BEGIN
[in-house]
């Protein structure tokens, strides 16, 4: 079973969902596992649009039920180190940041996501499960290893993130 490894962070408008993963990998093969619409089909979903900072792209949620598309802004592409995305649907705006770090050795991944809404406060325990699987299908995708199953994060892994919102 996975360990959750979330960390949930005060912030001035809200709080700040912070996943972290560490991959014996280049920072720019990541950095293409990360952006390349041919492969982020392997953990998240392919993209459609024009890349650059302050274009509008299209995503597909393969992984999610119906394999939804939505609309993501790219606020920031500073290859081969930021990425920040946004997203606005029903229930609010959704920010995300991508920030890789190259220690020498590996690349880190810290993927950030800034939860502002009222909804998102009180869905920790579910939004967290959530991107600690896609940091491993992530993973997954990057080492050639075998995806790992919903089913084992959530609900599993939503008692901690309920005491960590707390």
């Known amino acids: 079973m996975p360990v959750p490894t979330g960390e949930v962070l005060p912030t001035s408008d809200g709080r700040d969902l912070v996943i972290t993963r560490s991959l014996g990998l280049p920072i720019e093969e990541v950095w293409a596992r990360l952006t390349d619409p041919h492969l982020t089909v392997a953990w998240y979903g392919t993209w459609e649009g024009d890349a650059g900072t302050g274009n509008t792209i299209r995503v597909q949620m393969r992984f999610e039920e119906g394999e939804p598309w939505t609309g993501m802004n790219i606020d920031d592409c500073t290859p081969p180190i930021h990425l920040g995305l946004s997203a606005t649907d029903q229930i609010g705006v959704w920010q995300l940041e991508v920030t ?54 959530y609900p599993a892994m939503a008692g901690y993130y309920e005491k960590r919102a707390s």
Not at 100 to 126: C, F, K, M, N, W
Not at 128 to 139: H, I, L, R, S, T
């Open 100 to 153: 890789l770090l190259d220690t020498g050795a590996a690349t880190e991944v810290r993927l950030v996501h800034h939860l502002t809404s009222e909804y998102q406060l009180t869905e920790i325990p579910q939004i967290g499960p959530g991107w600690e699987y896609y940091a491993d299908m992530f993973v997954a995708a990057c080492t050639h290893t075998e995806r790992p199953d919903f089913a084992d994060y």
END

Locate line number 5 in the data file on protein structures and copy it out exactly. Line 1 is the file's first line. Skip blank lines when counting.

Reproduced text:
Not at 128 to 139: H, I, L, R, S, T